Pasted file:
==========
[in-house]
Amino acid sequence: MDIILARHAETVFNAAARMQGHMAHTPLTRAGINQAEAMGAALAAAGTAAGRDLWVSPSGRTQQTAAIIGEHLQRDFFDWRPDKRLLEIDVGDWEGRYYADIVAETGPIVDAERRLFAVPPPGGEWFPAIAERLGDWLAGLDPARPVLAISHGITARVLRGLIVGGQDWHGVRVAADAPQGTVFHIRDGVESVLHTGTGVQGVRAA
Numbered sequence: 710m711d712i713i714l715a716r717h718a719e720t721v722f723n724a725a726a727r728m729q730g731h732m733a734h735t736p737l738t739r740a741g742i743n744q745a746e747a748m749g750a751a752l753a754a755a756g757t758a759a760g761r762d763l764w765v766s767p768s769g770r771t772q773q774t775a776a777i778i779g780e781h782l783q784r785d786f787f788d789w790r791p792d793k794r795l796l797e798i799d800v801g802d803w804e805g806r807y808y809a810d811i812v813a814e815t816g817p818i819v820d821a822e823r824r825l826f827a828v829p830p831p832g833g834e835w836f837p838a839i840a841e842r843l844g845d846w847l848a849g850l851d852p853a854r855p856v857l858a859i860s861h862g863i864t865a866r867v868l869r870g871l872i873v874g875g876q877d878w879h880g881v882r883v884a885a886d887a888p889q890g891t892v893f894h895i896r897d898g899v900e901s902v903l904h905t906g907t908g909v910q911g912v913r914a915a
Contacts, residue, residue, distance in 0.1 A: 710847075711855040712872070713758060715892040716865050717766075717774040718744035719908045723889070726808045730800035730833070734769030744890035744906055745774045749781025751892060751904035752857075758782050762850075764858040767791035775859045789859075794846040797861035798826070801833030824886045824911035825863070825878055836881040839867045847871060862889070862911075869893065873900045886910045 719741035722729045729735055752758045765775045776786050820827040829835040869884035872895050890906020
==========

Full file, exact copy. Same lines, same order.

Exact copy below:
[in-house]
Amino acid sequence: MDIILARHAETVFNAAARMQGHMAHTPLTRAGINQAEAMGAALAAAGTAAGRDLWVSPSGRTQQTAAIIGEHLQRDFFDWRPDKRLLEIDVGDWEGRYYADIVAETGPIVDAERRLFAVPPPGGEWFPAIAERLGDWLAGLDPARPVLAISHGITARVLRGLIVGGQDWHGVRVAADAPQGTVFHIRDGVESVLHTGTGVQGVRAA
Numbered sequence: 710m711d712i713i714l715a716r717h718a719e720t721v722f723n724a725a726a727r728m729q730g731h732m733a734h735t736p737l738t739r740a741g742i743n744q745a746e747a748m749g750a751a752l753a754a755a756g757t758a759a760g761r762d763l764w765v766s767p768s769g770r771t772q773q774t775a776a777i778i779g780e781h782l783q784r785d786f787f788d789w790r791p792d793k794r795l796l797e798i799d800v801g802d803w804e805g806r807y808y809a810d811i812v813a814e815t816g817p818i819v820d821a822e823r824r825l826f827a828v829p830p831p832g833g834e835w836f837p838a839i840a841e842r843l844g845d846w847l848a849g850l851d852p853a854r855p856v857l858a859i860s861h862g863i864t865a866r867v868l869r870g871l872i873v874g875g876q877d878w879h880g881v882r883v884a885a886d887a888p889q890g891t892v893f894h895i896r897d898g899v900e901s902v903l904h905t906g907t908g909v910q911g912v913r914a915a
Contacts, residue, residue, distance in 0.1 A: 710847075711855040712872070713758060715892040716865050717766075717774040718744035719908045723889070726808045730800035730833070734769030744890035744906055745774045749781025751892060751904035752857075758782050762850075764858040767791035775859045789859075794846040797861035798826070801833030824886045824911035825863070825878055836881040839867045847871060862889070862911075869893065873900045886910045 719741035722729045729735055752758045765775045776786050820827040829835040869884035872895050890906020